In particular embodiments, the compounds and compositions described herein are useful for treating various autophagy-related diseases and disorders such as, but not limited to: ALS, Alzheimer's disease, stroke, Huntington's disease, and Parkinson's disease. Furthermore, the compounds and compositions herein can be used in combination therapies. That is, the compounds and compositions can be administered concurrently with, prior to, or subsequent to one or more other desired therapeutic or medical procedures or drugs. The particular combination of therapies and procedures in the combination regimen will take into account compatibility of the therapies and/or procedures and the desired therapeutic effect to be achieved. Combination therapies include sequential, simultaneous, and separate administration of the active compound in a way that the therapeutic effects of the first administered procedure or drug is not entirely disappeared when the subsequent procedure or drug is administered.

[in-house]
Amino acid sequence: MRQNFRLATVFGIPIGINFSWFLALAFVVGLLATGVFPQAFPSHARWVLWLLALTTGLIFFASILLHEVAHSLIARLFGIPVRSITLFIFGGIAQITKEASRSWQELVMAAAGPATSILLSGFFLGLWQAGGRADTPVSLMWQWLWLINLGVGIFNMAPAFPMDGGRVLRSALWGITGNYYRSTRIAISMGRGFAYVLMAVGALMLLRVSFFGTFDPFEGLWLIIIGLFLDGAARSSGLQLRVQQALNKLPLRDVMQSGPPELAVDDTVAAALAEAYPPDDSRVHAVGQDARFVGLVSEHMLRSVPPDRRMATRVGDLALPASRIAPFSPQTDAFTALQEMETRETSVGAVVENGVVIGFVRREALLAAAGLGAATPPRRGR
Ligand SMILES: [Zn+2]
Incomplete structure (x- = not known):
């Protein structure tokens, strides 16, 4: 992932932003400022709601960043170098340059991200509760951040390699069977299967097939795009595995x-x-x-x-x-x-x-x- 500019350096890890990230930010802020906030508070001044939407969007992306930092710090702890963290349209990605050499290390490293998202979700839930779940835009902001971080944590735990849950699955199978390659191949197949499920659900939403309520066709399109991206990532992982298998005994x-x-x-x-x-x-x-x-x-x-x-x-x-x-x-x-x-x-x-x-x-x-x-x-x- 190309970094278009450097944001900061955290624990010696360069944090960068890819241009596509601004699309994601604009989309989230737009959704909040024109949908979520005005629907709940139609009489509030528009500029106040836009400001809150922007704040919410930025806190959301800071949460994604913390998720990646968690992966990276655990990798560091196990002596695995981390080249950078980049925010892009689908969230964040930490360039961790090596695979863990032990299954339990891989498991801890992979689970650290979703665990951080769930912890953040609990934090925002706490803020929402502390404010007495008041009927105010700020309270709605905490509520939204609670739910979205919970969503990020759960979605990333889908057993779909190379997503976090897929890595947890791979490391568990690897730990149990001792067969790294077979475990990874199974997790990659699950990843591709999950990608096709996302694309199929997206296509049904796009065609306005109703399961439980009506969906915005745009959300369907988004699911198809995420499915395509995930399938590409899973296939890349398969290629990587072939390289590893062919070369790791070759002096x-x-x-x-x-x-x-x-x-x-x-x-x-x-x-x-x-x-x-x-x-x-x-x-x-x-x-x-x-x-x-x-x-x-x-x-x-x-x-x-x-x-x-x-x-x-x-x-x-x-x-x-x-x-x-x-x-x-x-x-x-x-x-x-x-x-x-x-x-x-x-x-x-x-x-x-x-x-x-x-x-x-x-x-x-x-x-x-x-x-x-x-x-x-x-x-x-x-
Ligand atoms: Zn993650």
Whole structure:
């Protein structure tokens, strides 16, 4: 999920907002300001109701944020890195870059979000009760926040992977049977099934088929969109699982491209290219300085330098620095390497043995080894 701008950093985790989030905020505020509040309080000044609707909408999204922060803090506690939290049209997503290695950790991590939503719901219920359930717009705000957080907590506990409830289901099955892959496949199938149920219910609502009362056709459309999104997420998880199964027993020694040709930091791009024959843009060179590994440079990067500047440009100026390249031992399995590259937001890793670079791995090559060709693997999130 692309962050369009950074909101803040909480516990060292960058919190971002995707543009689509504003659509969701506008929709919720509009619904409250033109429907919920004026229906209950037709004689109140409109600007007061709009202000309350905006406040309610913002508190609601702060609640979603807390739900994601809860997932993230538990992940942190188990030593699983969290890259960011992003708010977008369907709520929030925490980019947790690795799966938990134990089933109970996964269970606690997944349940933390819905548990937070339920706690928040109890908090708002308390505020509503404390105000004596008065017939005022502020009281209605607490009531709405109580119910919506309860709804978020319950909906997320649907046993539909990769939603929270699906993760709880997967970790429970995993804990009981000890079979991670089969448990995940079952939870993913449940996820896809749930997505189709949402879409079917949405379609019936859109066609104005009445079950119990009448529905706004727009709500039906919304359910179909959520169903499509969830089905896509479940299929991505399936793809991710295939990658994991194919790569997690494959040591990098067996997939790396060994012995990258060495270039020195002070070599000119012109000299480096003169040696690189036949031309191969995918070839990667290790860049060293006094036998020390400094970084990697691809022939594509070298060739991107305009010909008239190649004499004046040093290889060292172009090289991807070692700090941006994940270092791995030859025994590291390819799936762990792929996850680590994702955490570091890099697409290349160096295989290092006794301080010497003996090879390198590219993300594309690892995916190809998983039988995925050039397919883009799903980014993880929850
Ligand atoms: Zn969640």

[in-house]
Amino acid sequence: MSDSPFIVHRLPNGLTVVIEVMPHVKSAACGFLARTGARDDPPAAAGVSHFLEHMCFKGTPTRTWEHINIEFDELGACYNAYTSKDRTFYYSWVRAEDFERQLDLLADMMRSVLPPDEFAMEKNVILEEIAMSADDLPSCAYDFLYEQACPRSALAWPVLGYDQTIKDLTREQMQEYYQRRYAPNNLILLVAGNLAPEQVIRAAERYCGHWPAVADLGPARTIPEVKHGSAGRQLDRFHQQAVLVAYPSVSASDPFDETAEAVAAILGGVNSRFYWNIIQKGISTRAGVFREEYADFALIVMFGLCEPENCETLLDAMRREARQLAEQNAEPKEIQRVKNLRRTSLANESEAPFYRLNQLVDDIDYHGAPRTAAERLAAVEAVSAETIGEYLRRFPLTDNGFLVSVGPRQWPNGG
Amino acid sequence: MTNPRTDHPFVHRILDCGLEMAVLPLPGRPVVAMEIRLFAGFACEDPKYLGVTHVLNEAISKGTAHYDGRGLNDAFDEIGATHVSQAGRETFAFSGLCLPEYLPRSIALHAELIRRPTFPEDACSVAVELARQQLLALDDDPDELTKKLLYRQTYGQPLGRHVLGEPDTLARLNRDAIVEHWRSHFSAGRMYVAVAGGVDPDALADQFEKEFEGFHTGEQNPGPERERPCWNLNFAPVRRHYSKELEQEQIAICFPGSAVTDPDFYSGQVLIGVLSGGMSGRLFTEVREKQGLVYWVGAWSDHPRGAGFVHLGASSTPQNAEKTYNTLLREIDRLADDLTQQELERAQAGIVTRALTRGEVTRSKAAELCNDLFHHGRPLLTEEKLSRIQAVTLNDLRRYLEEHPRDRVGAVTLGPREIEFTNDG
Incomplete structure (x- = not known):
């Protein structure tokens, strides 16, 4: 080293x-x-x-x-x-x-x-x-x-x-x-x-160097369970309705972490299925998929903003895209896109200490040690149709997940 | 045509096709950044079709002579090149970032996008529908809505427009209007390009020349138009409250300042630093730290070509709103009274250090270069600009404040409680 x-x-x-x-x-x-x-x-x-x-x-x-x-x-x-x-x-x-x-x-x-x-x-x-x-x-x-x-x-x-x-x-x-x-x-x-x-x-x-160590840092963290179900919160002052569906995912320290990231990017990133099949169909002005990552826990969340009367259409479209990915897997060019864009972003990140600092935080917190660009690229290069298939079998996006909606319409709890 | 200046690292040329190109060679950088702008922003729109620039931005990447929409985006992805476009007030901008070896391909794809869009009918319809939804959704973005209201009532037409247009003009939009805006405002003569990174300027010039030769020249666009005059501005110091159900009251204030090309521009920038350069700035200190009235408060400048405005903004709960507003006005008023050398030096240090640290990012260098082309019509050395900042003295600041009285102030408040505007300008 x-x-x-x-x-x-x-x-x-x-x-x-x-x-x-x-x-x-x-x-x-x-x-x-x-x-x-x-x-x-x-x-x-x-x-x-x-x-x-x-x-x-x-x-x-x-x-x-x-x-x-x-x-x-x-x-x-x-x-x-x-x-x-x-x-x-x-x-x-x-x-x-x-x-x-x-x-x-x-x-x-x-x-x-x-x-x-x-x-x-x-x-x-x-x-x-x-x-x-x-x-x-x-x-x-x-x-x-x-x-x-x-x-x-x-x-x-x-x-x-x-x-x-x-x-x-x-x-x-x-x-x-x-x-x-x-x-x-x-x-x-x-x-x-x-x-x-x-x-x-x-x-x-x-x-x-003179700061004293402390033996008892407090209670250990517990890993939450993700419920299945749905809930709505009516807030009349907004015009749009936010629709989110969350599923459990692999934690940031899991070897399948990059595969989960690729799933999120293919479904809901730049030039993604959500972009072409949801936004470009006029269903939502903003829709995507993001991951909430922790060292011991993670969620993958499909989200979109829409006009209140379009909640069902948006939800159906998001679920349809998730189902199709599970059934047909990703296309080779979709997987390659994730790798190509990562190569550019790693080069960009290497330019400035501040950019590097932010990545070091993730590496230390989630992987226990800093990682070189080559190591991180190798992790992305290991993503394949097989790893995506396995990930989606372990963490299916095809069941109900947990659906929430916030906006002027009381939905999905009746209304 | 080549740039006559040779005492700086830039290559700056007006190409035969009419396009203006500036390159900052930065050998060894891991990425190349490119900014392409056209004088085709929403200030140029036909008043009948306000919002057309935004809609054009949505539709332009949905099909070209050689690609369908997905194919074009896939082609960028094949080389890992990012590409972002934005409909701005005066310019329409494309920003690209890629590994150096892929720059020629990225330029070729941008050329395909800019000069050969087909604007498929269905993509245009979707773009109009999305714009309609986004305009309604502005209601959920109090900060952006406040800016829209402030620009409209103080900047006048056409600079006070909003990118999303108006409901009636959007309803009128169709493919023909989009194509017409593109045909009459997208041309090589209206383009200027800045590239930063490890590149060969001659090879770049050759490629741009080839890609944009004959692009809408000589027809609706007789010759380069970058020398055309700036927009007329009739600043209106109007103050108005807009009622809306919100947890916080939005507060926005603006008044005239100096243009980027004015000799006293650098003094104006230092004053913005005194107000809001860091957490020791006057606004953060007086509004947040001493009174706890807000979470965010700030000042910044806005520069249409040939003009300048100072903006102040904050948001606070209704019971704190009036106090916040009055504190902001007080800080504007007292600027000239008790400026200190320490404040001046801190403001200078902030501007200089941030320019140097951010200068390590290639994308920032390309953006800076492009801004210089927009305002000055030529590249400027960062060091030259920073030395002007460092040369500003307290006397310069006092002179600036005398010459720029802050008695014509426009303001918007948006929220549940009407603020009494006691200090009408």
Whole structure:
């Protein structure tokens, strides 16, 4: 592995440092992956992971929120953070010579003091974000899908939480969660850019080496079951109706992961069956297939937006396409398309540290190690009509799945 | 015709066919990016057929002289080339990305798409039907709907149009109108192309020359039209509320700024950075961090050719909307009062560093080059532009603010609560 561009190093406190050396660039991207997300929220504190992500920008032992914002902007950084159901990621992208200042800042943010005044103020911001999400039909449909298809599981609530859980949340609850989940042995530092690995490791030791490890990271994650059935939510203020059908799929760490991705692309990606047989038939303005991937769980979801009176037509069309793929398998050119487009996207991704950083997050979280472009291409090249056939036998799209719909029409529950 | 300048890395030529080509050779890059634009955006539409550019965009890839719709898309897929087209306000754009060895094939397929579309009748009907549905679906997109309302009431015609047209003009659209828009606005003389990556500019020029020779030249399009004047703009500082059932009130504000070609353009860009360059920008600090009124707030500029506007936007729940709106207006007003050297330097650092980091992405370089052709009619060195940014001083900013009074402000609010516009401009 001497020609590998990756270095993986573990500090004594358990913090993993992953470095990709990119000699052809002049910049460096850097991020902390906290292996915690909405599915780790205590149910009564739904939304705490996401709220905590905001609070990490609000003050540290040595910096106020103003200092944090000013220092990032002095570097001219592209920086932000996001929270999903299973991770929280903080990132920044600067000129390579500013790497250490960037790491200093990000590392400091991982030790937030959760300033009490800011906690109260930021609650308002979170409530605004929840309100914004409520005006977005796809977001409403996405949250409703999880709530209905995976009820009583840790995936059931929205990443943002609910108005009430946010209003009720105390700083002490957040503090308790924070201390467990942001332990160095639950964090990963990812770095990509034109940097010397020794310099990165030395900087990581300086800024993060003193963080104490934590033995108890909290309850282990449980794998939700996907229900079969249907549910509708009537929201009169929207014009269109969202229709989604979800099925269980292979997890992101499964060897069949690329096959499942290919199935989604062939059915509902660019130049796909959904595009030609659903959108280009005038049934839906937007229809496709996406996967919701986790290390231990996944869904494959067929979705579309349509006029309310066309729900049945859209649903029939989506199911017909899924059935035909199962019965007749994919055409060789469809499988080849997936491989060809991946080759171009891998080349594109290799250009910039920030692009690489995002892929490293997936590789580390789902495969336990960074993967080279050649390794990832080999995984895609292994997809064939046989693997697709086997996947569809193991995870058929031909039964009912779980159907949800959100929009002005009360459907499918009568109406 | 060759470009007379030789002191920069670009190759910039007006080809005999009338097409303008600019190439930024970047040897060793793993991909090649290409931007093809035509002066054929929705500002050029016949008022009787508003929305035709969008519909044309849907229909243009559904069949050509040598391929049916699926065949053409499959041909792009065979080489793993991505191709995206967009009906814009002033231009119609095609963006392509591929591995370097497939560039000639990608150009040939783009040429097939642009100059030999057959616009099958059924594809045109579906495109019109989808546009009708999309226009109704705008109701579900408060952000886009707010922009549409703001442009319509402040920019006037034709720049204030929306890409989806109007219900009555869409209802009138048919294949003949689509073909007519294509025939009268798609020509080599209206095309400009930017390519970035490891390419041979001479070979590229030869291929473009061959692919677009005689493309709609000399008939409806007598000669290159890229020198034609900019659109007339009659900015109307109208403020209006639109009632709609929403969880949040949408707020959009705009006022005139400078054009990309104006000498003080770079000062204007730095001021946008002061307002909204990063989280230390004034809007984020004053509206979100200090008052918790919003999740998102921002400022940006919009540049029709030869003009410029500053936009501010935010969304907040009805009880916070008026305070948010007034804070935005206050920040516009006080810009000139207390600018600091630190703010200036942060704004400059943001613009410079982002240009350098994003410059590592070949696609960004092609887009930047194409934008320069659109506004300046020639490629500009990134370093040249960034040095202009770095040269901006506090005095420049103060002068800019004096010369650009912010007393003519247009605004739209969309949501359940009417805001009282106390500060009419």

It is further envisioned that the compounds and methods described herein can be embodied in the form of a kit or kits. A non-limiting example of such a kit is a kit for making an LK-P, LKE-P, or an NVP compound, the kit comprising either (i) an α-keto-β-bromophosphonate and a cysteine derivative (for making an LK-P or LKE-P compound) or (ii) a tert-enamide and a lanthionine ketimine (for making an NVP compound), where the ingredients are in separate containers and the containers may or may not be present in a combined configuration. Many other kits are possible, such as kits further comprising a pharmaceutically acceptable carrier, diluent, or excipient. The kits may further include instructions for using the components of the kit to practice the subject methods. The instructions for practicing the subject methods are generally recorded on a suitable recording medium. For example, the instructions may be present in the kits as a package insert or in the labeling of the container of the kit or components thereof. In other embodiments, the instructions are present as an electronic storage data file present on a suitable computer readable storage medium, such as a flash drive, CD-ROM, or diskette. In other embodiments, the actual instructions are not present in the kit, but means for obtaining the instructions from a remote source, such as via the internet, are provided. An example of this embodiment is a kit that includes a web address where the instructions can be viewed and/or from which the instructions can be downloaded. As with the instructions, this means for obtaining the instructions is recorded on a suitable substrate.